The Fresno County Board of Supervisors made their priorities clear at Tuesday's meeting.
It's supervisors and farmers first. Everyone else wait in line.
The county budget, in the board's eyes, has sufficiently bounced back from the depths of the Great Recession to reward the supervisors with a 7% pay raise that inflates their salaries to $107,273 a year, with board chairman Henry R. Perea making $120,682.
Never mind that supervisors in other more affluent counties such as Marin, Napa and Santa Barbara receive substantially lower salaries or continue to turn down scheduled raises.
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The board appears intent on keeping the raises that went into effect July 1.
The budget, in the board's eyes, also has enough money to preserve longtime Williamson Act tax breaks for farmers. The supervisors, on a 2-1 vote, rejected a modest tweak of the act that would have generated an additional $2 million for the county.
According to the supervisors, however, the budget isn't healthy enough to honor a sunset clause that would have restored the 7% pay cut imposed on sheriff's deputies two years ago.
Instead, under the terms of a new contract, the deputies will get back a total of 6% in three increments beginning in 2014 and ending in 2016.
According to Fresno County Personnel Director Beth Bandy, the new deputies contract was the idea of their labor representative, Eric Schmidt.
What Bandy didn't say was that the county's hard-ball negotiations with other labor units and threats of another pay cut for the deputies convinced them that waiting to have their pay nearly restored over the next three years was their best option.
In other words, the county's message to the deputies was, thanks for the sacrifice, but we're not going to keep our promise.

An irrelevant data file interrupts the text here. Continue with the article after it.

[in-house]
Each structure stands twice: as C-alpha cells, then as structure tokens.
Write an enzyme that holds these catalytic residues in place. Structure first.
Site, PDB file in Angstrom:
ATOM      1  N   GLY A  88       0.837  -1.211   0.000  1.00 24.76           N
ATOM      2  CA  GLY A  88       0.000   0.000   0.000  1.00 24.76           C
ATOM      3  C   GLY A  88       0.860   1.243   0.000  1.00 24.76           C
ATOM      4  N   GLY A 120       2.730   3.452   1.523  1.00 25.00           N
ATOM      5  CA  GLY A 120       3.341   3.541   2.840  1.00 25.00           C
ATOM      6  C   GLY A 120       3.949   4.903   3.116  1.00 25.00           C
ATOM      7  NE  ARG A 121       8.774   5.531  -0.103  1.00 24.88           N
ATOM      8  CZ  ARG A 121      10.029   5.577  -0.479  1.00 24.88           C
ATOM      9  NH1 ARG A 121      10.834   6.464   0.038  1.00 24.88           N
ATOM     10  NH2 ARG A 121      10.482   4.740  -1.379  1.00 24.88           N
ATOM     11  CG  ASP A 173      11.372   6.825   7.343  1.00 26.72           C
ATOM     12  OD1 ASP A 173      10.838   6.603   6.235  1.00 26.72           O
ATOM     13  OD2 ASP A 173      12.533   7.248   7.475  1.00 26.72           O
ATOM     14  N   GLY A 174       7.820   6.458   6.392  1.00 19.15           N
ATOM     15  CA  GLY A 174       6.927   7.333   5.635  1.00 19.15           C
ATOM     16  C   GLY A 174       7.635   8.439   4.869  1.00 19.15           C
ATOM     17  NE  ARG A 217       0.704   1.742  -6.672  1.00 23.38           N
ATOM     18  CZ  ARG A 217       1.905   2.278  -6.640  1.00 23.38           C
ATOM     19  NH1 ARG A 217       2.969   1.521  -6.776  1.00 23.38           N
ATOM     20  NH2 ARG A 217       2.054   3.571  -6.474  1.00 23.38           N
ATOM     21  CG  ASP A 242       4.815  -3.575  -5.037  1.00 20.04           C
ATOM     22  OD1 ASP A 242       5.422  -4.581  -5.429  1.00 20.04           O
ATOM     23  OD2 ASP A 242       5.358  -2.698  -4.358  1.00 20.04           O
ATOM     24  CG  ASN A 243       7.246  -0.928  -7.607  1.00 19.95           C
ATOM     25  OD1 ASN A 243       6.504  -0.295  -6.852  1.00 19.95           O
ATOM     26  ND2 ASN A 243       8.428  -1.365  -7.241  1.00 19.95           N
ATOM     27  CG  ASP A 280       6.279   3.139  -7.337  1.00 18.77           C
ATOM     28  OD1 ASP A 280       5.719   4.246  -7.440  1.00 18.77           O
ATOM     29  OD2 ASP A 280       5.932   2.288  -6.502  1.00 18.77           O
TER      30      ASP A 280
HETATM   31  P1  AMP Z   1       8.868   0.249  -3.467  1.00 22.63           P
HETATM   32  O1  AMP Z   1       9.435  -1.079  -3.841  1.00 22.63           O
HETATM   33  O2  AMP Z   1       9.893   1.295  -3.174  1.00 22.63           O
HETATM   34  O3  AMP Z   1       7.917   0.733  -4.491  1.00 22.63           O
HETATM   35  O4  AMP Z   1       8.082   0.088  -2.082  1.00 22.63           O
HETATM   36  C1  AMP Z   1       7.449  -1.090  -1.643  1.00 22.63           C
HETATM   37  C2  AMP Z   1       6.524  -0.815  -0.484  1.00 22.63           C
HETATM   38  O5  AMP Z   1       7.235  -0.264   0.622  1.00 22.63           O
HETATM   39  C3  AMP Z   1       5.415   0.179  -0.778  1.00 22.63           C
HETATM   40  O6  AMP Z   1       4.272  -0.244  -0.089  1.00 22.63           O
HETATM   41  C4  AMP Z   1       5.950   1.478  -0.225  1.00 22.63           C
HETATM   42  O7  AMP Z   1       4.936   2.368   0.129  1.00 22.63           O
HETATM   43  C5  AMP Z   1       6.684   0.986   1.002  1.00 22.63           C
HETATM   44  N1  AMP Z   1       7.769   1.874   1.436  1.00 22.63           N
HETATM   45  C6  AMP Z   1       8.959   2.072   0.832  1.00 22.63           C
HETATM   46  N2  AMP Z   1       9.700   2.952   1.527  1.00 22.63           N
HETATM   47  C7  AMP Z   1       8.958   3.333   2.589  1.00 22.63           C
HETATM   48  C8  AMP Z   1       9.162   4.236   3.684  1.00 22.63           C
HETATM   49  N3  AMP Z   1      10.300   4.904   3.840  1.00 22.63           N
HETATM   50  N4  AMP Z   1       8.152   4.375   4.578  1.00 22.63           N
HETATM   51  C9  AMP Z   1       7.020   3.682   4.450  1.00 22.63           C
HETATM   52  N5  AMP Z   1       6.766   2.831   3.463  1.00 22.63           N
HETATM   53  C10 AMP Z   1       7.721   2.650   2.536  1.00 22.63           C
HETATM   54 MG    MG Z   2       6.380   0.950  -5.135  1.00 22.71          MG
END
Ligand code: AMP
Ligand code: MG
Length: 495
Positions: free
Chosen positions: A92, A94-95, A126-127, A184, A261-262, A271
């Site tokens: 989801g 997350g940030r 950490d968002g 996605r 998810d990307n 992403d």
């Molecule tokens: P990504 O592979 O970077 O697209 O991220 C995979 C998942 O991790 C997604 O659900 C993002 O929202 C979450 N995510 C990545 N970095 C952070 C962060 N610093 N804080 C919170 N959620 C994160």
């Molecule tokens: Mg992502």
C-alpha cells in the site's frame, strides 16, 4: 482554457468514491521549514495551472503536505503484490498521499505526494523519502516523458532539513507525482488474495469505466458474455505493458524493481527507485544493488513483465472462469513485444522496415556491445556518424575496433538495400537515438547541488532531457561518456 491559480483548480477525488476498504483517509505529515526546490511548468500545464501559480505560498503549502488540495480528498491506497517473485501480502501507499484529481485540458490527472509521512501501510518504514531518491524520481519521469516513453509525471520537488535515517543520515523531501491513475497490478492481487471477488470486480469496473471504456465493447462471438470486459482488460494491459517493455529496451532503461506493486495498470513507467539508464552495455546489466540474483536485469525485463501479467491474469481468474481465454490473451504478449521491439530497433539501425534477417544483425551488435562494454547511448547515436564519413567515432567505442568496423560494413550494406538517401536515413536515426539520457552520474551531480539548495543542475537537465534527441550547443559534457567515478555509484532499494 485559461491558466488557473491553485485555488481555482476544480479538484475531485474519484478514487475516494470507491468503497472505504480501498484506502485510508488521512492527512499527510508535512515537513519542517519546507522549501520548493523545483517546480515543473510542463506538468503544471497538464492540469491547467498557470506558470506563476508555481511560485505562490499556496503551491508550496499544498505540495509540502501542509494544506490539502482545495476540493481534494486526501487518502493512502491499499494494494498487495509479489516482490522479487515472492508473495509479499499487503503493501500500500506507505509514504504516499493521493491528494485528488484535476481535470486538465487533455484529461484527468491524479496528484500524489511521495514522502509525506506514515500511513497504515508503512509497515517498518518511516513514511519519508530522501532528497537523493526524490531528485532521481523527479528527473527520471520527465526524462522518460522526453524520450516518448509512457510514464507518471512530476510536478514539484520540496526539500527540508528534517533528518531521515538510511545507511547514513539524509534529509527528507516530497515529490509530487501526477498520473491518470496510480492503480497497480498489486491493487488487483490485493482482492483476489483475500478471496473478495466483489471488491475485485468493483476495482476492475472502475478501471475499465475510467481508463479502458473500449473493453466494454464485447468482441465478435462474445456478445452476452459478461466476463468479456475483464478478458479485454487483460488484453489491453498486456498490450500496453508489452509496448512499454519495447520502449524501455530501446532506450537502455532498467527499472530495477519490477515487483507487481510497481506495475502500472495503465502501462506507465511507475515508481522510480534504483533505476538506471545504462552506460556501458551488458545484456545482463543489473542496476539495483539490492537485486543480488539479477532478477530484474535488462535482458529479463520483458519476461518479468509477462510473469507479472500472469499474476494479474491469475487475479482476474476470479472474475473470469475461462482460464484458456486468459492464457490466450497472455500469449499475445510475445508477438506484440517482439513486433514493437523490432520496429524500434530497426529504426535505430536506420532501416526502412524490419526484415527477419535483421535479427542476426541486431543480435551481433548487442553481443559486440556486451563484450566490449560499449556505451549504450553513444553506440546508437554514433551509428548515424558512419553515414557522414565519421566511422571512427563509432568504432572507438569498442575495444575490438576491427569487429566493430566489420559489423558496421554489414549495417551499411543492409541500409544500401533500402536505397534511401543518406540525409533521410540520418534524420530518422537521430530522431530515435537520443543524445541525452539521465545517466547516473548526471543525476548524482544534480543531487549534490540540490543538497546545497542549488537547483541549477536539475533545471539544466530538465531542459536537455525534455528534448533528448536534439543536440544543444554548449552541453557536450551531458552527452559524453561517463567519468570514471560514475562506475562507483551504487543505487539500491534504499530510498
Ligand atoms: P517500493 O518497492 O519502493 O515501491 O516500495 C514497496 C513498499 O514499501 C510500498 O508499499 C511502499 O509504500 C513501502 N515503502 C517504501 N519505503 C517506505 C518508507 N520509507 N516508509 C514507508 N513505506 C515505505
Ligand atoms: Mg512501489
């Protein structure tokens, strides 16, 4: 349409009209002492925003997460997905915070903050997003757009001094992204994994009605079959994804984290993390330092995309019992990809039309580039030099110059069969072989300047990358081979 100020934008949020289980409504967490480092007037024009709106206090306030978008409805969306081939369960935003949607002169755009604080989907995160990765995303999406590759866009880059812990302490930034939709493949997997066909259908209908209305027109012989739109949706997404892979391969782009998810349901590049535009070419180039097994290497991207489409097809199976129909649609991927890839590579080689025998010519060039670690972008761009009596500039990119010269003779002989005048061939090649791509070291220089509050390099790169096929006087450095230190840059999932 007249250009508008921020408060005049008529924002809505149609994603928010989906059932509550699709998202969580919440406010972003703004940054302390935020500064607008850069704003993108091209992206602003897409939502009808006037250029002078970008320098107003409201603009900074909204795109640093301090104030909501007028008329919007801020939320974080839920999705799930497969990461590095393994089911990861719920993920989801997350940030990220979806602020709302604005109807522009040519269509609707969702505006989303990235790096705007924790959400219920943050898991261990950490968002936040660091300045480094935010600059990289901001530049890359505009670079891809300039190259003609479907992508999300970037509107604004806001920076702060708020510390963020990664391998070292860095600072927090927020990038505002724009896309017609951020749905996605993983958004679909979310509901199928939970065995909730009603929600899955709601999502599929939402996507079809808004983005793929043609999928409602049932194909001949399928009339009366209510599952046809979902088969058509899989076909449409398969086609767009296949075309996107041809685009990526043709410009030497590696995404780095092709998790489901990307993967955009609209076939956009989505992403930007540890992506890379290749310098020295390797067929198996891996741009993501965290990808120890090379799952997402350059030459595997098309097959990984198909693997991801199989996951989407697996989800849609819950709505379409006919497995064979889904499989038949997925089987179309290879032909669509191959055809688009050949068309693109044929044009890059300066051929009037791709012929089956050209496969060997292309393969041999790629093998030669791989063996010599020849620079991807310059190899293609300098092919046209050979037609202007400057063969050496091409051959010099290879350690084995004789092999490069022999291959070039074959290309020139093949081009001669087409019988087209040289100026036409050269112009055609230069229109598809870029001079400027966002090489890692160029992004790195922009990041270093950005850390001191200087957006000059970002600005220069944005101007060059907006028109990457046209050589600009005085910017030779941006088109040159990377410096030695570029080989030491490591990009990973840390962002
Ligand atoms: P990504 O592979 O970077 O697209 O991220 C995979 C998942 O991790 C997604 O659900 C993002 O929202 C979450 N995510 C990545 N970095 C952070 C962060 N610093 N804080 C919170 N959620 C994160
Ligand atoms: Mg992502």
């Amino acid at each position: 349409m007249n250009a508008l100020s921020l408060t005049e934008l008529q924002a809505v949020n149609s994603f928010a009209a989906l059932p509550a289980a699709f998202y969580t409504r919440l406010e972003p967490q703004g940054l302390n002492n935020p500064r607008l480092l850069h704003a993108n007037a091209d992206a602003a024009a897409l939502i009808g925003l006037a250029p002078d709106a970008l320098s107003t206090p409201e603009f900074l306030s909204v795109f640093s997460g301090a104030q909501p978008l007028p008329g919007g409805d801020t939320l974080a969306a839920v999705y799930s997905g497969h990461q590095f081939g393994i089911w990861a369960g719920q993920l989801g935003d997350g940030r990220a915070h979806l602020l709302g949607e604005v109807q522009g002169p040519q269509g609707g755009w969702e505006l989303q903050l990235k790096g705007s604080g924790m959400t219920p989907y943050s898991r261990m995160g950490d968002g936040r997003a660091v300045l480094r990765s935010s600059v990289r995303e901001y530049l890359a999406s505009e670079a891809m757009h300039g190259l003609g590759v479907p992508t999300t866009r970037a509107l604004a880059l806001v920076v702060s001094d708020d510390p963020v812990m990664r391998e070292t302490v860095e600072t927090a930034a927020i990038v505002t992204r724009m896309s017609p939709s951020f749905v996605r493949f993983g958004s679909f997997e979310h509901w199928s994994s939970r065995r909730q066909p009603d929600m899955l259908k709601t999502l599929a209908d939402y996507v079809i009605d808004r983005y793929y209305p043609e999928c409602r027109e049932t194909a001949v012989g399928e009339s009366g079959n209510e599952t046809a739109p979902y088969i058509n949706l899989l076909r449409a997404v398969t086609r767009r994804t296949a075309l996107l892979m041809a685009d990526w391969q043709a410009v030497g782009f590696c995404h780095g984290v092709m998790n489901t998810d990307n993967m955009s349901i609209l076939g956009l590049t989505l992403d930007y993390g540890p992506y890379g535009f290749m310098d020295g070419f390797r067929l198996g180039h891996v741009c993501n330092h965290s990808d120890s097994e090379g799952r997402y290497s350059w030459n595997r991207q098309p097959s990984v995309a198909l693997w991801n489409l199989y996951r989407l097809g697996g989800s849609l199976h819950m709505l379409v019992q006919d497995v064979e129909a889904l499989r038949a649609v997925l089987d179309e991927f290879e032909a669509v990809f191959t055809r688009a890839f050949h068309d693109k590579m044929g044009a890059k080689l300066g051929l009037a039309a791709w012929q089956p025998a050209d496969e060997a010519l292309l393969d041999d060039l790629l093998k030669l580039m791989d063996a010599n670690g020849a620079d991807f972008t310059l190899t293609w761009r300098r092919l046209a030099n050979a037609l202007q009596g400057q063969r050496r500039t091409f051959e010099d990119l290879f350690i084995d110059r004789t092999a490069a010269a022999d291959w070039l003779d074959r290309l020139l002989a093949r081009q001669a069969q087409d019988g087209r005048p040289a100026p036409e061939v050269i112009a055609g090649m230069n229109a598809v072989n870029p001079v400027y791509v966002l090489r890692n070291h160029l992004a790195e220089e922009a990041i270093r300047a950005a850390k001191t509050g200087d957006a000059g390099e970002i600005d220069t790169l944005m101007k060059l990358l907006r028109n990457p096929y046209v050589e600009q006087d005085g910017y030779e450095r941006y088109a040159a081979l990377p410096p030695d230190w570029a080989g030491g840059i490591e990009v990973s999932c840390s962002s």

Among the supervisors, only Perea sought to have the deputies made whole as called for by the sunset clause.
The stated purpose of the Williamson Act is to prevent urban sprawl and preserve farm land.
But several studies have shown that farmers in the path of development rarely participate.
In fact, less than 3.5% of Williamson Act and the related Farmland Security Zones enrolled land in Fresno County is in the path of urban sprawl projected over the next 40 years, according to local planners.
The reality is that the program largely provides tax breaks for growers whose land will never be developed.
In Fresno County, farmers save about $25 million a year in taxes through the Williamson Act.
Perea was the lone supervisor to support reducing the break by 10% in exchange for reducing by 10% the length of time that land must be preserved.
Judy Case, the only supervisor to give up her raise, abstained from the Williamson Act vote, and Debbie Poochigian recused herself because she owns land enrolled in the act.
Andreas Borgeas voted to keep the act as it is, and so did Phil Larson.
Before voting, Larson said that he owned "20 acres of grapes" that aren't enrolled in the Williamson Act.
However, Larson didn't mention during the meeting what was revealed in county land records and political economic disclosure filings: He is a trustee of the DF 2000 Trust, which has Williamson Act land, and that he received between $500 and $1,000 for his duties as a trustee in 2012.
In the least, the county counsel should publicly state whether or not Larson has a conflict of interest that would require him to recuse himself from voting on Williamson Act matters.
As Fresno County is the nation's No. 1 agriculture producing county, it is sound economic policy for the supervisors to support that industry.
But the board should come up with a more balanced approach to economic development that includes incentives for non-farming businesses in a county plagued by double-digit unemployment and concentrated poverty.
Imagine what our county's entrepreneurs might do with $25 million a year in tax breaks for small businesses.
In regard to the supervisors accepting pay raises while many county employees continue to endure cuts: there is no defense for that.
The board majority simply has no sense of shame. Or leadership.